Eagle inquest recommends communication changes

An N.W.T. coroner's inquest into the death of Raymond Eagle has called on RCMP and health-care officials to find a way to share medical information about patients who are transferred into police custody.

A Northwest Territories coroner's inquest into the death of Raymond Eagle has called on RCMP and health-care officials to find a way to share medical information about patients who are transferred into police custody.

Tom Eagle, left, with his son Raymond in hospital in 2007. Raymond Eagle slipped into a coma in August 2006 and never recovered. He died on Jan. 5, 2010. ((CBC))

Eagle, a 48-year-old homeless man in Yellowknife, slipped into a coma after spending time at Stanton Territorial Hospital and at the local RCMP drunk tank on Aug. 3, 2006.

The weeklong inquest, which concluded late Friday afternoon, heard that Eagle had been treated in hospital for a head injury before he was transferred to RCMP custody.

Eagle stayed in RCMP cells for about 10 hours until he started vomiting blood and he lost consciousness.

He was then flown to the University of Alberta Hospital in Edmonton, where he was treated for an acute subdural hematoma, or a blood clot in the brain.

Eagle was brought back to Yellowknife, where he remained in a comatose state in hospital until he died on Jan. 5, 2010.

Information not passed on

The six-person inquest jury concluded that Eagle ultimately died of natural causes due to coronary artery disease, but the panel said the head trauma was a "significant condition" that contributed to his death.

The jury said there were major communication gaps between the RCMP officers and the doctors and nurses who handled Eagle on Aug. 3, 2006.

"The RCMP might have said, 'Well, he has an injury,' and that information — or no information — is passed on to the [emergency medical technician]. It snowballed from there," Margaret Eagle, Raymond's sister, told reporters.

Among its 16 recommendations, the inquest jury suggested that:

  • Hospital officials and the RCMP develop guidelines — "within ethical boundaries and applicable legislation" — on what personal medical information can be shared when a patient is being transferred from hospital into police custody.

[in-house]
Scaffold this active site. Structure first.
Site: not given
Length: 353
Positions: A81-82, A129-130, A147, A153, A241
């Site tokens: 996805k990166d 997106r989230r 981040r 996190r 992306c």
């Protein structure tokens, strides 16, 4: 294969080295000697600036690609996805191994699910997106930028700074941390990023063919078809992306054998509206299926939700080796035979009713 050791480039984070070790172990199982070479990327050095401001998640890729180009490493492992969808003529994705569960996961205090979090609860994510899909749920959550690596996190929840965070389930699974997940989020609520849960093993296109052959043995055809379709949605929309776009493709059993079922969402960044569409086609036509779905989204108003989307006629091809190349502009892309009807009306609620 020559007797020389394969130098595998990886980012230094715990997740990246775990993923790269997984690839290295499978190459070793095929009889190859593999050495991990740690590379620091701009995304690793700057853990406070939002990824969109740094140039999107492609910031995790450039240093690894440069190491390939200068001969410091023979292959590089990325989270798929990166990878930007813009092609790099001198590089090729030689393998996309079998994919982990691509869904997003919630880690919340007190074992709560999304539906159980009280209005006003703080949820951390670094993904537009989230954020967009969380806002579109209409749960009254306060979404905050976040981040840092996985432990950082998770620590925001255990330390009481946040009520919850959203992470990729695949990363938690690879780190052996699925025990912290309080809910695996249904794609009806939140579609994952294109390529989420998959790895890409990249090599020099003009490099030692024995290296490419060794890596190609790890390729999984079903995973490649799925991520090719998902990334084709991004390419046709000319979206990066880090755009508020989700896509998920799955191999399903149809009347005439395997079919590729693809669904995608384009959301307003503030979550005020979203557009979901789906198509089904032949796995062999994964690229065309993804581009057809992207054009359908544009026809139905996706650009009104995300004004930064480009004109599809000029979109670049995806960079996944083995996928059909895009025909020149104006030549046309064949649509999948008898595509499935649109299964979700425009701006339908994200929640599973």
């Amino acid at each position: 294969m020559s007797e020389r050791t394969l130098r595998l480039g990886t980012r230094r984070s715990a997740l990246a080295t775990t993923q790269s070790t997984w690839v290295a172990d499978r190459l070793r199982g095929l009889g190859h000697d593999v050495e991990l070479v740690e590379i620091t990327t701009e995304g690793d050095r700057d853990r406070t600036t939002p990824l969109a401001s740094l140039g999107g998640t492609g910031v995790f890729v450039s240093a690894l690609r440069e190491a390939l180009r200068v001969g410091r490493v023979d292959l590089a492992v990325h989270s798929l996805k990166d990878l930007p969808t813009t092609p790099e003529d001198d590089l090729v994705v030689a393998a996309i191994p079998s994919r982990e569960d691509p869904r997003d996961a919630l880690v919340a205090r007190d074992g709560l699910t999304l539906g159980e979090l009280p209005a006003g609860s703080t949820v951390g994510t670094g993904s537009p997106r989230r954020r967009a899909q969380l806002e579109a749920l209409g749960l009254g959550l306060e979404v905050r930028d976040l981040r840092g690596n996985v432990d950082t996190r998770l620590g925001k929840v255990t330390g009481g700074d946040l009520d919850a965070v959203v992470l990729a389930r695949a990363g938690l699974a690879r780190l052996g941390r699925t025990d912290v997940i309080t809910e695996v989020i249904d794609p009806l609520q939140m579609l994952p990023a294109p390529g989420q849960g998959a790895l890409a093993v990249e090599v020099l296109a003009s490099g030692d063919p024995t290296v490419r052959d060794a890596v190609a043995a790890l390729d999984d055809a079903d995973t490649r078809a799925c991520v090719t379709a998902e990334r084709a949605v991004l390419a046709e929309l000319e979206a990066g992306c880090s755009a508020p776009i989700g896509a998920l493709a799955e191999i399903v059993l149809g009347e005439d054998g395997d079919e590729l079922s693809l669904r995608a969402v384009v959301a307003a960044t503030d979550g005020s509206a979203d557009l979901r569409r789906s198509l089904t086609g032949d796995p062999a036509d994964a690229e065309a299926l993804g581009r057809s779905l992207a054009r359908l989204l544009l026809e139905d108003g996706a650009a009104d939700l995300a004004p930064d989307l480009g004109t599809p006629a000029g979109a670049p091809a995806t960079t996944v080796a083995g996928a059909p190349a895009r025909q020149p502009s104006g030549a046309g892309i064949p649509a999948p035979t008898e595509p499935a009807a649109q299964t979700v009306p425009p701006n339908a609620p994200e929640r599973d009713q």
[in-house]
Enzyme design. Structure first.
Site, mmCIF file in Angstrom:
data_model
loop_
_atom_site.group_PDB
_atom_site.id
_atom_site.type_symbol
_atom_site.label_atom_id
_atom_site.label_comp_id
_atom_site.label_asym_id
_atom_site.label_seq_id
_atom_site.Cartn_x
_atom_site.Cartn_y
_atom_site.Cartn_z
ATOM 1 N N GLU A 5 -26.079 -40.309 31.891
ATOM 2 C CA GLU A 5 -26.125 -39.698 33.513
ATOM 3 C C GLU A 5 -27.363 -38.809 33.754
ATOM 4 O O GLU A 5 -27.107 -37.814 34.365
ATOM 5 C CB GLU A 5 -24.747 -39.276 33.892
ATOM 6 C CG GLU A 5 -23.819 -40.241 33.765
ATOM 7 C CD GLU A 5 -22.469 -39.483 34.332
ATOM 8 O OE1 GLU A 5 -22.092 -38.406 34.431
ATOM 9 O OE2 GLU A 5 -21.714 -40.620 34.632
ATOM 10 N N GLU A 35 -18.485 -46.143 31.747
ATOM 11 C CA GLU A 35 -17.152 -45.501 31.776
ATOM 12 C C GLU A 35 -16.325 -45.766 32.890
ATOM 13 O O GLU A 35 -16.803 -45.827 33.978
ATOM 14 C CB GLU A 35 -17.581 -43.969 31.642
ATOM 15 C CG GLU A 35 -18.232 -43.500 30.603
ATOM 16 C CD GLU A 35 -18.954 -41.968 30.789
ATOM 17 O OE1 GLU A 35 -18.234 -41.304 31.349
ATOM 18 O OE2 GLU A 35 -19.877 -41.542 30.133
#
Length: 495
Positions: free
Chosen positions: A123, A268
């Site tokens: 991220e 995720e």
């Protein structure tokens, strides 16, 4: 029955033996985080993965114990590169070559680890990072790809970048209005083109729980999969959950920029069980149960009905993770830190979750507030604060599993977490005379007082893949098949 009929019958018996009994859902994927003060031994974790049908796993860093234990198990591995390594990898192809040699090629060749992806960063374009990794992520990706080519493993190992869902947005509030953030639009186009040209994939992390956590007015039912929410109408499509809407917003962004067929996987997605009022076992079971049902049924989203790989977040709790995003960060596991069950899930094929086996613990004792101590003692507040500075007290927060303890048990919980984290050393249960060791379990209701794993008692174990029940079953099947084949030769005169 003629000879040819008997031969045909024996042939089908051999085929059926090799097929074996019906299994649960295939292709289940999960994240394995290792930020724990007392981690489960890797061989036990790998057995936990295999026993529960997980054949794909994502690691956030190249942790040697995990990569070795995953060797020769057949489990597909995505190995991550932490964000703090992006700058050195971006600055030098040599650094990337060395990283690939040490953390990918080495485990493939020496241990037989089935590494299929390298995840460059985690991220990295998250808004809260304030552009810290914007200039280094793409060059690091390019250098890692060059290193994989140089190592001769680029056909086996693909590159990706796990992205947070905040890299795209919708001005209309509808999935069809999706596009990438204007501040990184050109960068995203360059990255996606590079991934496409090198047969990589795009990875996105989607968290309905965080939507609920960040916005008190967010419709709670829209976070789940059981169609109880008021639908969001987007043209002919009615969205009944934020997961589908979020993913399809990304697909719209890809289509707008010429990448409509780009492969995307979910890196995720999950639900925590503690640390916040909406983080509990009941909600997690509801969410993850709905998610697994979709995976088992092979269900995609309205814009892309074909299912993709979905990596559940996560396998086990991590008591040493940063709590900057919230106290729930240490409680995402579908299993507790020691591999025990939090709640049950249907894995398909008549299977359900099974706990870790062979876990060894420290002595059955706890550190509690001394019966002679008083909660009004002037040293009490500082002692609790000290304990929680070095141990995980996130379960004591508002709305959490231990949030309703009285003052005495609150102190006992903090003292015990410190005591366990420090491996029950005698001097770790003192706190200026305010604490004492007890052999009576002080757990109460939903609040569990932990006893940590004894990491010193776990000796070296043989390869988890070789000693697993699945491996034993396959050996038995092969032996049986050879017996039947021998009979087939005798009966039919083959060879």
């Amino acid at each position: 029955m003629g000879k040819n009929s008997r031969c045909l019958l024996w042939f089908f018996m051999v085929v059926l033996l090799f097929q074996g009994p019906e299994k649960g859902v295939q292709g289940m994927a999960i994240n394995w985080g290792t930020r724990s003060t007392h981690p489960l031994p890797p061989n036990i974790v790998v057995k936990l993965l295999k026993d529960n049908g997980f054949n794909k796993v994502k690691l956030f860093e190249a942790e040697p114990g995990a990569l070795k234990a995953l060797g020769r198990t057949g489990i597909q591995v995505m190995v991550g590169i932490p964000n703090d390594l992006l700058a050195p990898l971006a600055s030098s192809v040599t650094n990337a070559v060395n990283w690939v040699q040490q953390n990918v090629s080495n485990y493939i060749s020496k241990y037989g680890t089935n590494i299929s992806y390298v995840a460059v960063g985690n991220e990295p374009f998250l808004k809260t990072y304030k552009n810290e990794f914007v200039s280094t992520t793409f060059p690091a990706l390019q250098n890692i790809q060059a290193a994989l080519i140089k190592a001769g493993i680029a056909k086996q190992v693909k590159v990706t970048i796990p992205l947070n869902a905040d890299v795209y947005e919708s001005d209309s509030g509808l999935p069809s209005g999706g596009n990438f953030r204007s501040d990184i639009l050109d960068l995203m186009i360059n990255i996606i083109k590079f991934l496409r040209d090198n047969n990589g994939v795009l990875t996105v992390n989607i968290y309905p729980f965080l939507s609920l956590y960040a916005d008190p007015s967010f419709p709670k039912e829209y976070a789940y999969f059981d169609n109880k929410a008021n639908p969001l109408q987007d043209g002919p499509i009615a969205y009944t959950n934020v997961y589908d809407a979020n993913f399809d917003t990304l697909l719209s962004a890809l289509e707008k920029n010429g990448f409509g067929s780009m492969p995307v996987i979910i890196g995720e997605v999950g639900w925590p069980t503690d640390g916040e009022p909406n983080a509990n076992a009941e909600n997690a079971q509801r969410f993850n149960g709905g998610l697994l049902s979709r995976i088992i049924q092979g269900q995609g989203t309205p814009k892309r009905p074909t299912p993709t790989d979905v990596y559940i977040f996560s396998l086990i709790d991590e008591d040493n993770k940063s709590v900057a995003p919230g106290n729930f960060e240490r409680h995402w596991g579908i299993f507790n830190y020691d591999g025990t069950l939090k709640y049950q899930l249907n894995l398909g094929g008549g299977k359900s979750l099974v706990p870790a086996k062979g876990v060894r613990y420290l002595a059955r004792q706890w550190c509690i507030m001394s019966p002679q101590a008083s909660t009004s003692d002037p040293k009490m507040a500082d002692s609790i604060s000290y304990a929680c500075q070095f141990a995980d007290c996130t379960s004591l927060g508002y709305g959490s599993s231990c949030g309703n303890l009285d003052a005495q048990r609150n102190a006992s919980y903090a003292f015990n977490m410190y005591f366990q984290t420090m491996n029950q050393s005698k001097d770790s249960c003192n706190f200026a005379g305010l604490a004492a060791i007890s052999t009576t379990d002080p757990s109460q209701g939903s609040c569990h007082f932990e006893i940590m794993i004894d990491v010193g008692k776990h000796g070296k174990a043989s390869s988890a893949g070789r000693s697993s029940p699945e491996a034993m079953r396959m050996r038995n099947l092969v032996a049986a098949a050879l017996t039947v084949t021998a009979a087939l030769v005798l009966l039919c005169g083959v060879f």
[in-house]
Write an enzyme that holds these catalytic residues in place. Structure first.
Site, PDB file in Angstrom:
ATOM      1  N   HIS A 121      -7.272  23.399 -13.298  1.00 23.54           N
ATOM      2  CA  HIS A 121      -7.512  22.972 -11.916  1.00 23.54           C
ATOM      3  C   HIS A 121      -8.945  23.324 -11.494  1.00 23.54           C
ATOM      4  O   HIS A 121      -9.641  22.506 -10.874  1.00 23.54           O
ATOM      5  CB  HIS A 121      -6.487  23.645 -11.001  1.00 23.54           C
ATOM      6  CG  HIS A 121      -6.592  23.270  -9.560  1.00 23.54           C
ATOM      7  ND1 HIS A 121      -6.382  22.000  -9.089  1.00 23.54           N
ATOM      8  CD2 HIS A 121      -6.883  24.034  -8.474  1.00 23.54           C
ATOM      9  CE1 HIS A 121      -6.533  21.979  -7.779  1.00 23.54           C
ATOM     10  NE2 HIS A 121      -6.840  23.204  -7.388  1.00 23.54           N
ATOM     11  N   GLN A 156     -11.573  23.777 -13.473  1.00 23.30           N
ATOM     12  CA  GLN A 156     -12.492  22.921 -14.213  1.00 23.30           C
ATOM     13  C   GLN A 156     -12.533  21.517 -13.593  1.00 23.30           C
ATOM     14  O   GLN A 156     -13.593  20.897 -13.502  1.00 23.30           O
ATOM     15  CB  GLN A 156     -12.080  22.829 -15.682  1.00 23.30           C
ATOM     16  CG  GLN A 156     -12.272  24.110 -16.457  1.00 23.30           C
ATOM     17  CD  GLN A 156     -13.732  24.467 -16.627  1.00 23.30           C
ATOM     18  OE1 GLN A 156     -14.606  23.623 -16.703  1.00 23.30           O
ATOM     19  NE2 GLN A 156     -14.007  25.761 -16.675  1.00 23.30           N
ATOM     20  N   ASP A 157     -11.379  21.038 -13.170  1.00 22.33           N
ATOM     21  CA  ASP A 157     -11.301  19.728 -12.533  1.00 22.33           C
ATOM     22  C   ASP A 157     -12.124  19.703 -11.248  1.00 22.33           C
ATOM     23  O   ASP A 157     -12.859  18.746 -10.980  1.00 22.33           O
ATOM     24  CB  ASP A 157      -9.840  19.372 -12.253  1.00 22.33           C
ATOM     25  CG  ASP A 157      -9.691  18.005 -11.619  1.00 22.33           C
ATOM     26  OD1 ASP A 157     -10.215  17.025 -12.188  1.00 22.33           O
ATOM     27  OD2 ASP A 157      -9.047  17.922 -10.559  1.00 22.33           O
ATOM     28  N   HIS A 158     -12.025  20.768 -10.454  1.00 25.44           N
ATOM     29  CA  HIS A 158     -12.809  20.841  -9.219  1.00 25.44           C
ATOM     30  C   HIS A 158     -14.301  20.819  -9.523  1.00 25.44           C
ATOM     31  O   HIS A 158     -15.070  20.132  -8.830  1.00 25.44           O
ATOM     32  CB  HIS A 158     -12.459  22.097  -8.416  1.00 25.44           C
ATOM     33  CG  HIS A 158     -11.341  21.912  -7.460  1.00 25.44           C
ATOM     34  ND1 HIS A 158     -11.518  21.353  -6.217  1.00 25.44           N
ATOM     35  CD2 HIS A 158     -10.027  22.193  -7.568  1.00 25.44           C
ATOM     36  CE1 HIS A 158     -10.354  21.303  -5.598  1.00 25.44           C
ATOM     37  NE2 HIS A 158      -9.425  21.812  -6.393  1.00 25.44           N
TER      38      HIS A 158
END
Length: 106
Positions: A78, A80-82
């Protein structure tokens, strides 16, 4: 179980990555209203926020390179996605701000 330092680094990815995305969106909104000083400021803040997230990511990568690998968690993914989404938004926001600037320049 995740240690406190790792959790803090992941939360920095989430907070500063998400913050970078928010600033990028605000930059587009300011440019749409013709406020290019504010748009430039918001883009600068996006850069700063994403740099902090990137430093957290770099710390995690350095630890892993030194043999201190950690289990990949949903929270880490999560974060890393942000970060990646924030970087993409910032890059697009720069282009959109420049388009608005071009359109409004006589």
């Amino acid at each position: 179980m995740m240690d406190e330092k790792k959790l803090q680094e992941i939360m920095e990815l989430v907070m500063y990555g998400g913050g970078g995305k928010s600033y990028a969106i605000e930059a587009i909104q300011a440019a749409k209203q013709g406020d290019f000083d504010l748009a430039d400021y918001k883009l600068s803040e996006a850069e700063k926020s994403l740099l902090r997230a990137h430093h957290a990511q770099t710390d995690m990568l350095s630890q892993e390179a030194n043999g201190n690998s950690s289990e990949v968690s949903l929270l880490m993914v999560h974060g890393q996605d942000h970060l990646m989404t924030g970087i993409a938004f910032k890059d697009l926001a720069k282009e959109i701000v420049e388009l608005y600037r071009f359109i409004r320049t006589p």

• Hospital staff try to obtain a patient's consent for relevant medical information to be shared if that patient is being transferred to the RCMP. If the patient is unable to give that consent before the transfer, staff should make "reasonable attempts" to contact next of kin.
  • The RCMP put up posters by its holding cells with information on how to identify symptoms of head trauma, blood poisoning, drug overdoses and other common medical concerns.
  • RCMP detachment guards make sure they closely observe and record any prisoner movements and conditions.

Establish rehab facility: jury

The inquest jury also called on the N.W.T. Health and Social Services Department to set up a drug and alcohol rehabilitation centre in Yellowknife.

The department should meet with members of the medical community, the RCMP, the Salvation Army and other agencies to "explore the possibility" of creating a rehabilitation centre or a halfway house for homeless people with substance abuse issues, according to the jury.

While the inquest jury's recommendations are not legally binding, chief coroner Cathy Menard said she believes they will be taken seriously.

"A lot of what the jury has done has looked at the root issues of a lot of the social issues that are in the Northwest Territories. A lot of it's asking for action to be done," Menard said.

Margaret Eagle said the results of last week's inquest will not bring her brother back, but she hopes that other intoxicated persons who end up in Yellowknife RCMP custody every year will receive better care.